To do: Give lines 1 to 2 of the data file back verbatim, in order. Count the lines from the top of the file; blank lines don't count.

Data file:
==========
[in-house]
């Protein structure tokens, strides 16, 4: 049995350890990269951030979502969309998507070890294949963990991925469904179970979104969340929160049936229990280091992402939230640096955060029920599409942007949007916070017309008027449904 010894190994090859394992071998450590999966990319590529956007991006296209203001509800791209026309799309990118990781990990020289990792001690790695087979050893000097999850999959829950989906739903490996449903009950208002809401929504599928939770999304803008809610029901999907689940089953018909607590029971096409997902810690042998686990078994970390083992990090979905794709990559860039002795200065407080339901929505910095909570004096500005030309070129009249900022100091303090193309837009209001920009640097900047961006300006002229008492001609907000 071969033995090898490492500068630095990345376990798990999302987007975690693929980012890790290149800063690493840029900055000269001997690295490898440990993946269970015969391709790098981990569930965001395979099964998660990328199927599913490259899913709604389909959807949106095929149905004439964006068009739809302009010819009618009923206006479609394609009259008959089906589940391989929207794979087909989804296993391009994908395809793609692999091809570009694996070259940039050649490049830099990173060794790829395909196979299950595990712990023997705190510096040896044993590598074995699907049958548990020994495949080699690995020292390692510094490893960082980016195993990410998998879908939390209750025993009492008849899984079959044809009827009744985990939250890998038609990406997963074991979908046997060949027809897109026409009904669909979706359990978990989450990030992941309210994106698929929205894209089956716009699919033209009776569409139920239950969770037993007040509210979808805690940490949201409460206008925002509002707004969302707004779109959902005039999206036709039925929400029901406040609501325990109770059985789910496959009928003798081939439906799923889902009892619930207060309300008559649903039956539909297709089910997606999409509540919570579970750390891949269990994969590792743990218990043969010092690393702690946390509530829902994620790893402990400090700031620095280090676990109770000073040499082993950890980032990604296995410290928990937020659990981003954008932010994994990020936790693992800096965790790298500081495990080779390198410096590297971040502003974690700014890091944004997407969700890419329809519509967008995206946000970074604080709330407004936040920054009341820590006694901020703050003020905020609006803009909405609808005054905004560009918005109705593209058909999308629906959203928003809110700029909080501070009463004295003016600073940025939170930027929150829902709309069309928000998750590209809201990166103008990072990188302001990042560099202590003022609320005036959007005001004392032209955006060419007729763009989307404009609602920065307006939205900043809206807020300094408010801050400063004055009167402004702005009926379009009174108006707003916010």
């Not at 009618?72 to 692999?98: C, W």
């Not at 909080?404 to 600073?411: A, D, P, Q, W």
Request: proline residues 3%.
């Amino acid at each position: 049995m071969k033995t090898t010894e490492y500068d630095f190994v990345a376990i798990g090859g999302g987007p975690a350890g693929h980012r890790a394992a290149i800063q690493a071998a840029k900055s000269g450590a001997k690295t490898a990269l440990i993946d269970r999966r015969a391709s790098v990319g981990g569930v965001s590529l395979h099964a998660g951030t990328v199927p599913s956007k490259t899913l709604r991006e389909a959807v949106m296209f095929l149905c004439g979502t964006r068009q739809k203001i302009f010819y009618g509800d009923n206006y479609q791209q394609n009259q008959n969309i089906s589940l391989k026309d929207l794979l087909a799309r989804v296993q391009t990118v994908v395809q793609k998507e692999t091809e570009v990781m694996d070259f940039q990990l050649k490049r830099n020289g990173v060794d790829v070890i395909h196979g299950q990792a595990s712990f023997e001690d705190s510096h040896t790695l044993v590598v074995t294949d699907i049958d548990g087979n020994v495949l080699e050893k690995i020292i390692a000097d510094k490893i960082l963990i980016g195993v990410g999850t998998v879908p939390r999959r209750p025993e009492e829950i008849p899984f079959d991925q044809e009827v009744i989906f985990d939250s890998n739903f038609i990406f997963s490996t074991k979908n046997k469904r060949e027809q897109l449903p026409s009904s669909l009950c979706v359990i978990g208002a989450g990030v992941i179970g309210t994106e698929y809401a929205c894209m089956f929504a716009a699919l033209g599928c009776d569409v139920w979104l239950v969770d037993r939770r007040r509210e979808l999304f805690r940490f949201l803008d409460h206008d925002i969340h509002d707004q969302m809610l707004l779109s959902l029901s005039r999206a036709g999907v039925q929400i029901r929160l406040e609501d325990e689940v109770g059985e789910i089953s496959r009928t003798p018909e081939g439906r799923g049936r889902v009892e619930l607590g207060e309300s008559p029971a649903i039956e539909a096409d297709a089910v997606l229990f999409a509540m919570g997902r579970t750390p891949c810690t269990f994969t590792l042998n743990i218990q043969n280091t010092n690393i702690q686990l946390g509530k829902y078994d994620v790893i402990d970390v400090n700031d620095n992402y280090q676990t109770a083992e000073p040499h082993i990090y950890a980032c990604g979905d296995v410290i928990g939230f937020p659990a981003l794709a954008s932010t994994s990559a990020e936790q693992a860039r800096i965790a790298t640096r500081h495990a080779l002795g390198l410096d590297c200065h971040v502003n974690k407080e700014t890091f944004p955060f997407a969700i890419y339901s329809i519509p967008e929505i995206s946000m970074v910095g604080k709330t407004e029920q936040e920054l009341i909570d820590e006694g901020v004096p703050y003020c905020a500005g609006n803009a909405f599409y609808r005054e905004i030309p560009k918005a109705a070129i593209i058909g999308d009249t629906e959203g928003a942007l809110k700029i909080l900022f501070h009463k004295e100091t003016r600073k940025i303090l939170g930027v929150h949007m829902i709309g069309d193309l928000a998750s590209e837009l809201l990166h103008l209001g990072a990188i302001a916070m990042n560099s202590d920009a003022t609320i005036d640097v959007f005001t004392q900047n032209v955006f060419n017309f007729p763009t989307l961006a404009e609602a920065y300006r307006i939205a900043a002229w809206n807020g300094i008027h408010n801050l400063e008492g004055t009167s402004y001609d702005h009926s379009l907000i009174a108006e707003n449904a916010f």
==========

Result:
[in-house]
């Protein structure tokens, strides 16, 4: 049995350890990269951030979502969309998507070890294949963990991925469904179970979104969340929160049936229990280091992402939230640096955060029920599409942007949007916070017309008027449904 010894190994090859394992071998450590999966990319590529956007991006296209203001509800791209026309799309990118990781990990020289990792001690790695087979050893000097999850999959829950989906739903490996449903009950208002809401929504599928939770999304803008809610029901999907689940089953018909607590029971096409997902810690042998686990078994970390083992990090979905794709990559860039002795200065407080339901929505910095909570004096500005030309070129009249900022100091303090193309837009209001920009640097900047961006300006002229008492001609907000 071969033995090898490492500068630095990345376990798990999302987007975690693929980012890790290149800063690493840029900055000269001997690295490898440990993946269970015969391709790098981990569930965001395979099964998660990328199927599913490259899913709604389909959807949106095929149905004439964006068009739809302009010819009618009923206006479609394609009259008959089906589940391989929207794979087909989804296993391009994908395809793609692999091809570009694996070259940039050649490049830099990173060794790829395909196979299950595990712990023997705190510096040896044993590598074995699907049958548990020994495949080699690995020292390692510094490893960082980016195993990410998998879908939390209750025993009492008849899984079959044809009827009744985990939250890998038609990406997963074991979908046997060949027809897109026409009904669909979706359990978990989450990030992941309210994106698929929205894209089956716009699919033209009776569409139920239950969770037993007040509210979808805690940490949201409460206008925002509002707004969302707004779109959902005039999206036709039925929400029901406040609501325990109770059985789910496959009928003798081939439906799923889902009892619930207060309300008559649903039956539909297709089910997606999409509540919570579970750390891949269990994969590792743990218990043969010092690393702690946390509530829902994620790893402990400090700031620095280090676990109770000073040499082993950890980032990604296995410290928990937020659990981003954008932010994994990020936790693992800096965790790298500081495990080779390198410096590297971040502003974690700014890091944004997407969700890419329809519509967008995206946000970074604080709330407004936040920054009341820590006694901020703050003020905020609006803009909405609808005054905004560009918005109705593209058909999308629906959203928003809110700029909080501070009463004295003016600073940025939170930027929150829902709309069309928000998750590209809201990166103008990072990188302001990042560099202590003022609320005036959007005001004392032209955006060419007729763009989307404009609602920065307006939205900043809206807020300094408010801050400063004055009167402004702005009926379009009174108006707003916010």